**This article originally appeared on Raise the Good, a website of inspiring resources for families that “educate the heart” in fun, easy, and meaningful ways.
I’m sure most of you have heard about TED talks. They are awesome. But let me introduce you to FRED talks-they are even cooler!
I hate to brag, but my family is really awesome (seriously!). We have social workers, educators, marriage and family therapists/college professors, lawyers, software developers, real estate investors, nurses, and more! I’ll bet your family has similarly fascinating people. I want to learn from all these cool people, and FRED talks at our family reunions are a super fun way to do it.
The rules are easy:
1. You only talk if you want to. This way, FRED talks are super easy and low pressure.
2. Talk about whatever you want.
3. Talk or lead a discussion for as long or as short a time as you want. The ideal for us has been 5-10 minutes. It’s not too long, and it doesn’t take a ton of time to prepare for it.
This year, we learned about: our resident headmaster’s efforts on the new school he has been developing, the LGBTQ legal history in the court system, how to properly perform the Heimlich and CPR, a new software tool that makes analytics for businesses super easy, a theory on personality types, and, finally, a particular epistemology in psychology that was really interesting.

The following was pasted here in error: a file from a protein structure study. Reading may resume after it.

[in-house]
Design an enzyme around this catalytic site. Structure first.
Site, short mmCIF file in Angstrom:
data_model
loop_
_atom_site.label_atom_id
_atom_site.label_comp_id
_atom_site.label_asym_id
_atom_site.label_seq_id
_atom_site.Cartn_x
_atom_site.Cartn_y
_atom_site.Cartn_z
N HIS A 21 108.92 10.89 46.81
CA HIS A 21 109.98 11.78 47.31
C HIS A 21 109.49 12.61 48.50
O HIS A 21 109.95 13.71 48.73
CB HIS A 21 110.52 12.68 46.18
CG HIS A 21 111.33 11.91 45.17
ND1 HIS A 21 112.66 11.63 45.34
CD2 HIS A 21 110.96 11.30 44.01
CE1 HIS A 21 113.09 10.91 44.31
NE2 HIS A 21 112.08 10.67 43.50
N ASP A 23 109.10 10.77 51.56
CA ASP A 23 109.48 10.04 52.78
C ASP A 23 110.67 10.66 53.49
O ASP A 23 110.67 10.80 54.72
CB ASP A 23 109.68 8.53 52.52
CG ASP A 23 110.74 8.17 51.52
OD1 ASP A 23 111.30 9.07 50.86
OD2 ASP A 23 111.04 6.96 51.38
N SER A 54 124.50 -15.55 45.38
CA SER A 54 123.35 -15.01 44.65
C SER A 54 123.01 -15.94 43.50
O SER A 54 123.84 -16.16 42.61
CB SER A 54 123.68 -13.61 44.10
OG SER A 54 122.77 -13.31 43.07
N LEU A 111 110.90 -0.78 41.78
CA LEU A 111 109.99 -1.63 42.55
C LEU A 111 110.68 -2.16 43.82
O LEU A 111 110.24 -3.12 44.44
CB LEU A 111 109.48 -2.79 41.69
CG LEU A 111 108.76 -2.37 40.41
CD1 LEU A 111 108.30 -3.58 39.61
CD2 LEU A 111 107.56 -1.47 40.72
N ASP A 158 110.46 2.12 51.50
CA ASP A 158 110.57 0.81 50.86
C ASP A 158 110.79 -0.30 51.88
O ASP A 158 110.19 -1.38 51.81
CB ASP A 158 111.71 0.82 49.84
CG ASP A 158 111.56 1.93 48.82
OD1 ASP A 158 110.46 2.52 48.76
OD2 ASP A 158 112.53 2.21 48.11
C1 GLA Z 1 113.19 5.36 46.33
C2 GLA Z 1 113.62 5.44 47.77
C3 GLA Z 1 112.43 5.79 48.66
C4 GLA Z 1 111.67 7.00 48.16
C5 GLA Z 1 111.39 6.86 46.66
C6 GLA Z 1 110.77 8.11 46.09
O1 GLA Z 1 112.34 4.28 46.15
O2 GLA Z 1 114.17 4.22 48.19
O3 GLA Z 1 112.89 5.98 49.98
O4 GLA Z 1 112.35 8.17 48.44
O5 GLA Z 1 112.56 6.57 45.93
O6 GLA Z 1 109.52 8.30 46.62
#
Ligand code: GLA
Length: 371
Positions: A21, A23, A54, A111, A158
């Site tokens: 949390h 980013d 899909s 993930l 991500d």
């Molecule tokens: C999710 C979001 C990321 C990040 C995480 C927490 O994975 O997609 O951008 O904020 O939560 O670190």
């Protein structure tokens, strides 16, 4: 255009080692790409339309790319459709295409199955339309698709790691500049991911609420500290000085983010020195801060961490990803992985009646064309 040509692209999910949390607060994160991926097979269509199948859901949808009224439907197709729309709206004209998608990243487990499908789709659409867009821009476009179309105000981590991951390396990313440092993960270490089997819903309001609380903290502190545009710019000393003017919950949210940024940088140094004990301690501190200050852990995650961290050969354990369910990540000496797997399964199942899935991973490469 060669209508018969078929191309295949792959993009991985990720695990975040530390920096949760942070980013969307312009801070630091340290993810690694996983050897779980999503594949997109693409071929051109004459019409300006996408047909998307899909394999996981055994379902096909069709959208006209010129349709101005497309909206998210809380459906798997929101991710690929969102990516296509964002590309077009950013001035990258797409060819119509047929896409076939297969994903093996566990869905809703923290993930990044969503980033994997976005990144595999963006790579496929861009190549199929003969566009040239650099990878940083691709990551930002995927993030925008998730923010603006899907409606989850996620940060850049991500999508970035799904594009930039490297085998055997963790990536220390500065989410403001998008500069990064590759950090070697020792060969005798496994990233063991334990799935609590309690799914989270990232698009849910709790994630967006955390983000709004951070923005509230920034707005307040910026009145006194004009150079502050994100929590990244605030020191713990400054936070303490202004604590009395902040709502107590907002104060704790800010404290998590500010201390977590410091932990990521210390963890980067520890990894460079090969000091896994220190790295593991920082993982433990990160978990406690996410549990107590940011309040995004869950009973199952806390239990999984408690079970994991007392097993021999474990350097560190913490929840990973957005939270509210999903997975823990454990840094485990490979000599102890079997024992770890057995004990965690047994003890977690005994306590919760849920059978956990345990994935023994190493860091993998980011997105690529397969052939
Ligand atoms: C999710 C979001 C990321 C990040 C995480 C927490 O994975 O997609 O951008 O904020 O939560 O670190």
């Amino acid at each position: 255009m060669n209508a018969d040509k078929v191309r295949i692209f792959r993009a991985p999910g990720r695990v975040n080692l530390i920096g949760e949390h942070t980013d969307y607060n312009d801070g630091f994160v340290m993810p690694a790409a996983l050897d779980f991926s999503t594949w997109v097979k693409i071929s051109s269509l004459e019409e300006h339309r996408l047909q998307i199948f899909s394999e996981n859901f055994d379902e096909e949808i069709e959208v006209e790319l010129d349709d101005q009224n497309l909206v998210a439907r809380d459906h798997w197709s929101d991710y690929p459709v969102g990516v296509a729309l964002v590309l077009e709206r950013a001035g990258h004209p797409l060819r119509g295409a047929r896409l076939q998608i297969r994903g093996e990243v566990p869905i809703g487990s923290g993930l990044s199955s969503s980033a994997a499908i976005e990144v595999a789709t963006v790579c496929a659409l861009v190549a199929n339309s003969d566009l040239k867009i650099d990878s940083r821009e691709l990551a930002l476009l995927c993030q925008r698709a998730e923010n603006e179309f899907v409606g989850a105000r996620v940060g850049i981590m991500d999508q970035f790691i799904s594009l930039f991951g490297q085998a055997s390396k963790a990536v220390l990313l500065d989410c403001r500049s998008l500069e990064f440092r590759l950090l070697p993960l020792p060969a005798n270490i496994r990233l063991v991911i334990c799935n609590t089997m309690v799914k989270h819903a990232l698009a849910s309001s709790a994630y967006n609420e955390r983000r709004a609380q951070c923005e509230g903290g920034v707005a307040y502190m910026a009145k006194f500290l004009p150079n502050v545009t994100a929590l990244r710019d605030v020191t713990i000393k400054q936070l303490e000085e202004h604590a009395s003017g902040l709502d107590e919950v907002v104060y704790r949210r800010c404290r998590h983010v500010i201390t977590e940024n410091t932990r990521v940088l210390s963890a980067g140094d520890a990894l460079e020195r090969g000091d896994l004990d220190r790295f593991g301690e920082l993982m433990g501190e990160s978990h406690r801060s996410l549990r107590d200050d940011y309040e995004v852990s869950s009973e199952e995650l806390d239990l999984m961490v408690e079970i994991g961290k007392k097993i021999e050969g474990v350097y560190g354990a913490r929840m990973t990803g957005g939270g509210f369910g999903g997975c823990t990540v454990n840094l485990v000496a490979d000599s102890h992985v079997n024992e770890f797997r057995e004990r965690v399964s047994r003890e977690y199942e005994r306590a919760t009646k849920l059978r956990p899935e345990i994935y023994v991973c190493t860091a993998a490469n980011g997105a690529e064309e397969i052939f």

It was so fun to learn new stuff, get to know my family members better, and have interesting, and educational discussions that I might not otherwise have. Kids can chime in, too! This year my daughter Katie prepared a talk about what she learned about Mars in her science class.
Here’s how we handle the logistics.
– Designate a time for the FRED talks. We like to do it at night after the little kids get in bed.
– Decide who is speaking. My family likes to do as many people as possible, so we try to do 3-4 people each night, so we aren’t burned out and they stay fun. (With 10 original members of the family, plus in-laws and grandkids, we have to pace ourselves!)
– Props are helpful. Computers hooked up to TVs for slides or other visual/audio aids are really great.
That’s it! Let the family love, bonding and learning begin!
QUESTION: Think of your family members and their various expertise and talents. What would you like to learn about from each of them in a 5-10 minute FRED talk?
CHALLENGE: Propose the idea of FRED talks for an upcoming Thanksgiving or Christmas gathering!
Image from Shutterstock; graphics by Anna Jenkins.